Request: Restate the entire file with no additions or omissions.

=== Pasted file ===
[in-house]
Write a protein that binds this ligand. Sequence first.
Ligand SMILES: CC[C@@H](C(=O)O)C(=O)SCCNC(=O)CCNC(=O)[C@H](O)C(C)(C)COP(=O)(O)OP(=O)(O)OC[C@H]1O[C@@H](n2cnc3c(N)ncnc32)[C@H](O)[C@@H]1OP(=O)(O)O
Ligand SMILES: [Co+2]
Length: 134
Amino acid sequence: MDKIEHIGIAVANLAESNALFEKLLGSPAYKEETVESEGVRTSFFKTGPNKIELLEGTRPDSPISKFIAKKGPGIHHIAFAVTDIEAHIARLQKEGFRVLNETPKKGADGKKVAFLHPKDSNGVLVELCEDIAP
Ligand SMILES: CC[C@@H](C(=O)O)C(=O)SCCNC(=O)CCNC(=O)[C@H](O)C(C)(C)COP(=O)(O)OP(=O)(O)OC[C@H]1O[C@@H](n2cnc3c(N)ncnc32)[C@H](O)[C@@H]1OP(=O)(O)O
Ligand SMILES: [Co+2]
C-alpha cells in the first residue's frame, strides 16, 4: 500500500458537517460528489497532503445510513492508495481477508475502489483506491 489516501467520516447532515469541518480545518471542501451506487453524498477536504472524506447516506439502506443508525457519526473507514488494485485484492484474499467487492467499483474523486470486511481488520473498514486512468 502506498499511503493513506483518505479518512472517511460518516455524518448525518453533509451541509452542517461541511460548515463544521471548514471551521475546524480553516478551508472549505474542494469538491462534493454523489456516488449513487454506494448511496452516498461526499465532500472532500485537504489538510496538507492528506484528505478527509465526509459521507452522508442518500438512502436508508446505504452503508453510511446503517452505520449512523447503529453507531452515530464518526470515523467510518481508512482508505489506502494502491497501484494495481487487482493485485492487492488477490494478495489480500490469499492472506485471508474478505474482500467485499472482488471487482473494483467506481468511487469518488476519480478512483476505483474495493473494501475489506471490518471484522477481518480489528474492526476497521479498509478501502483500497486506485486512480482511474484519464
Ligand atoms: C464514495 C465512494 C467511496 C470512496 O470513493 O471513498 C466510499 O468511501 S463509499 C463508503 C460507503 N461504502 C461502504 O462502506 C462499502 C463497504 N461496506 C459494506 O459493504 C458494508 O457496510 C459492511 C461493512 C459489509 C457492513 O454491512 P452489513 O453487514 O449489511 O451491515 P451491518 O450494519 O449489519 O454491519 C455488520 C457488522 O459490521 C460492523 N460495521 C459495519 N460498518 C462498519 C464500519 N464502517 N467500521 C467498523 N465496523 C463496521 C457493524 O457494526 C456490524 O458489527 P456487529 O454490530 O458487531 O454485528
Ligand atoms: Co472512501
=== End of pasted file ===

[in-house]
Write a protein that binds this ligand. Sequence first.
Ligand SMILES: CC[C@@H](C(=O)O)C(=O)SCCNC(=O)CCNC(=O)[C@H](O)C(C)(C)COP(=O)(O)OP(=O)(O)OC[C@H]1O[C@@H](n2cnc3c(N)ncnc32)[C@H](O)[C@@H]1OP(=O)(O)O
Ligand SMILES: [Co+2]
Length: 134
Amino acid sequence: MDKIEHIGIAVANLAESNALFEKLLGSPAYKEETVESEGVRTSFFKTGPNKIELLEGTRPDSPISKFIAKKGPGIHHIAFAVTDIEAHIARLQKEGFRVLNETPKKGADGKKVAFLHPKDSNGVLVELCEDIAP
Ligand SMILES: CC[C@@H](C(=O)O)C(=O)SCCNC(=O)CCNC(=O)[C@H](O)C(C)(C)COP(=O)(O)OP(=O)(O)OC[C@H]1O[C@@H](n2cnc3c(N)ncnc32)[C@H](O)[C@@H]1OP(=O)(O)O
Ligand SMILES: [Co+2]
C-alpha cells in the first residue's frame, strides 16, 4: 500500500458537517460528489497532503445510513492508495481477508475502489483506491 489516501467520516447532515469541518480545518471542501451506487453524498477536504472524506447516506439502506443508525457519526473507514488494485485484492484474499467487492467499483474523486470486511481488520473498514486512468 502506498499511503493513506483518505479518512472517511460518516455524518448525518453533509451541509452542517461541511460548515463544521471548514471551521475546524480553516478551508472549505474542494469538491462534493454523489456516488449513487454506494448511496452516498461526499465532500472532500485537504489538510496538507492528506484528505478527509465526509459521507452522508442518500438512502436508508446505504452503508453510511446503517452505520449512523447503529453507531452515530464518526470515523467510518481508512482508505489506502494502491497501484494495481487487482493485485492487492488477490494478495489480500490469499492472506485471508474478505474482500467485499472482488471487482473494483467506481468511487469518488476519480478512483476505483474495493473494501475489506471490518471484522477481518480489528474492526476497521479498509478501502483500497486506485486512480482511474484519464
Ligand atoms: C464514495 C465512494 C467511496 C470512496 O470513493 O471513498 C466510499 O468511501 S463509499 C463508503 C460507503 N461504502 C461502504 O462502506 C462499502 C463497504 N461496506 C459494506 O459493504 C458494508 O457496510 C459492511 C461493512 C459489509 C457492513 O454491512 P452489513 O453487514 O449489511 O451491515 P451491518 O450494519 O449489519 O454491519 C455488520 C457488522 O459490521 C460492523 N460495521 C459495519 N460498518 C462498519 C464500519 N464502517 N467500521 C467498523 N465496523 C463496521 C457493524 O457494526 C456490524 O458489527 P456487529 O454490530 O458487531 O454485528
Ligand atoms: Co472512501